Glass (SIC 23110)

Trade and Stock Finance For Glass

What is Glass Trade Finance?

Global trade in glass and glassware is booming, driven primarily by healthy demand from the global construction industry and industrial manufacturers increasingly requiring glass components to produce high-tech products. TFG can help firms concerned about the risks inherent in international trade overcome their worries and invest in ventures which grow revenues and increase profits.

Glass Trade Finance

The comparably low cost of glass, and its many useful industrial properties are driving international demand for glass products. It is used to make nosecones for aircraft and missiles in the aerospace industry; to manufacture mico-antennas for wi-fi and data connectivity in electronics; and to create smash-resistant tempered glass for everything from smartphone screens to automobile parts. Glass use is also widespread in the construction industry, due to its outstanding conducting and insulating properties. These uses are driving genuinely global demand for glass, whether from medical, electronic and high-tech industries in Europe and North America or manufacturing and construction industries in the Asia Pacific region.

Capital-intensive production, tight margins, a fragile product and exchange rate fluctuations all contribute to apprehension among glass producers about international trade ventures. Faced with the prospect of finding capital to secure a loan; risking that capital on a fragile product; and depriving their business of cash while the goods are transported and sold has made many glass manufacturers wary of international trade ventures. However, trade financiers like TFG can help with all these issues, offering an array of trade financing products to meet the needs of exporters and importers, whilst ensuring that international transactions are conducted securely and effectively.

Products financed

Key glass products include:

  • Scrap glass
  • Unworked glass, whether cast, drawn or blown
  • Safety glass
  • Sheet glass
  • Moulded glass
  • Glassware
  • Glass products (such as flasks vials and pots)
  • Glass for use in clocks, watches and spectacles
  • Glass for use in construction (such as slabs or tiles)
Glass Trade Finance Requirements
  •  Your glass business is established and profitable
  •  Your glass business is creditworthy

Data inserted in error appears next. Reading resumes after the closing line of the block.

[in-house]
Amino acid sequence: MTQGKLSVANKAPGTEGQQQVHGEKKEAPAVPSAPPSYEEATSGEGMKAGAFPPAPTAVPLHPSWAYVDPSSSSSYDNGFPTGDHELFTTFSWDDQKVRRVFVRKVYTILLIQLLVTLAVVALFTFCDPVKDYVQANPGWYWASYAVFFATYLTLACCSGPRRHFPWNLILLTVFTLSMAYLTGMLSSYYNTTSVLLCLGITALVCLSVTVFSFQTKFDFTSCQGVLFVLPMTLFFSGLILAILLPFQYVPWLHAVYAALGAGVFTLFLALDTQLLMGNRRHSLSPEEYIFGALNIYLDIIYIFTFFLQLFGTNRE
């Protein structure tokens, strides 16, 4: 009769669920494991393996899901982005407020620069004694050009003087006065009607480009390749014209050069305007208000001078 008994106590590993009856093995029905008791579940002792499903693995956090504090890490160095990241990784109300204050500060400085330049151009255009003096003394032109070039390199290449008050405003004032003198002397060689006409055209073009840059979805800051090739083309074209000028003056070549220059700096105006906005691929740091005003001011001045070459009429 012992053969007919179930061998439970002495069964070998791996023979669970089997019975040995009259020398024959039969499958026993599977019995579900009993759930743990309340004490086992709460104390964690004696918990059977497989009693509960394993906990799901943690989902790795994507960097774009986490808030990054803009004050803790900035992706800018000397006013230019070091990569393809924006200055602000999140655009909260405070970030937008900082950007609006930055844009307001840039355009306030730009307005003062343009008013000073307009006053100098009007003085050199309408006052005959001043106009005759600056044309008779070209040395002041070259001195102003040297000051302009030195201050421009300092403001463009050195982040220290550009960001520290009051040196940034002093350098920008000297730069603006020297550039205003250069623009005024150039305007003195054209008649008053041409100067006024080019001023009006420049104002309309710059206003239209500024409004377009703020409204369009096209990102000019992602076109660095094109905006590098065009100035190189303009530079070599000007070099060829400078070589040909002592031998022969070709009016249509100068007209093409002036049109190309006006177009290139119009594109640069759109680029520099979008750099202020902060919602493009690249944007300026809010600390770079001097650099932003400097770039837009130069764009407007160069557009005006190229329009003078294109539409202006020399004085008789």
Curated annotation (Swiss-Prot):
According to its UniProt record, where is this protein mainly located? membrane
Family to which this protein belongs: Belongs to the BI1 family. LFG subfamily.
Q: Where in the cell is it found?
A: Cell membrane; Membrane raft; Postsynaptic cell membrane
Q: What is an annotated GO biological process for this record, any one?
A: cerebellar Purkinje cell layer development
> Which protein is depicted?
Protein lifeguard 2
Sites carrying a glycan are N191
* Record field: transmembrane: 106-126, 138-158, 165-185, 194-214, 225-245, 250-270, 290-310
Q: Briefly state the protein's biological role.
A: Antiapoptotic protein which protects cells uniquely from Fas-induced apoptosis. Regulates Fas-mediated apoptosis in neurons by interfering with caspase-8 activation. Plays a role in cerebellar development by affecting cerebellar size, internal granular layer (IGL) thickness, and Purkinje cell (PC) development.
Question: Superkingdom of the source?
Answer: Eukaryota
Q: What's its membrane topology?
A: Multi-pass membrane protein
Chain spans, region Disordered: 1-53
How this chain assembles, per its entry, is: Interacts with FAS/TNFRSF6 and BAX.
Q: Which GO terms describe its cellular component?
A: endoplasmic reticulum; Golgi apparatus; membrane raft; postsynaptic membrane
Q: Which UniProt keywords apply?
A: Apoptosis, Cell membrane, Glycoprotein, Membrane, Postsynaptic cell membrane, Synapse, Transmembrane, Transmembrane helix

•  You are seeking finance to invest in a profitable international trade venture
How the transaction works

Firms access trade finance by making an application for credit. TFG’s international trade experts will assess this application and, having approved a firm for credit, will identify possible lenders and trade finance products. These products do not require stringent capital guarantees on the loan; instead, trade finance is usually backed by the recipient firm’s profitable accounts receivable. Once agreed, TFG will act as a middleman during the venture to guarantee financial security to both parties. Using trade finance tools such as letters of credit, TFG will ensure both exporters and importers receive their payment and goods promptly. Once the goods are received, the buyer will be extended lengthy structured repayment terms on their loan, to enable them to sell the receivable in question and repay the loan from the profits earned.

What is the SIC Code for Trade in Glass Products?

The manufacture, shaping and processing of glass and glassware are grouped under five SIC codes.

23110   Manufacture of flat glass
23120   Shaping and processing of flat glass
23130   Manufacture of hollow glass
23140   Manufacture of glass fibres
23190   Manufacture and processing of other glass, including technical glassware

Full tariff schedules for a wide variety of glass and glassware products can be found on


Case Study

Glassblower, Glass Trade

Trade Finance Global extended payment guarantees to a small independent glassblower so they could sell their products abroad without constraining their limited cash flow.

Speak to our trade finance team


  •  Sell products abroad without waiting for repayment
  •  Fulfil bigger orders and serve new customers
  •  Monitoring of transactions and support from trade finance experts


What is Stock Finance?

About the Author

Mark heads up the trade finance offering at TFG where his team focuses on bringing in alternative structured finance to international trading companies. Prior to joining TFG (, Mark qualified as a lawyer with a top ranked global trade and structured commodity finance team.

Mark has previously advised commodity trading firms, banks and alternative capital providers on international structured trade financings, pre-export, prepayment and limited recourse structures – notably in the oil, soft commodities and metals sectors. This has included mining finance projects, structured letter of credit facilities, receivables discounting and forfaiting agreements.

Back to Top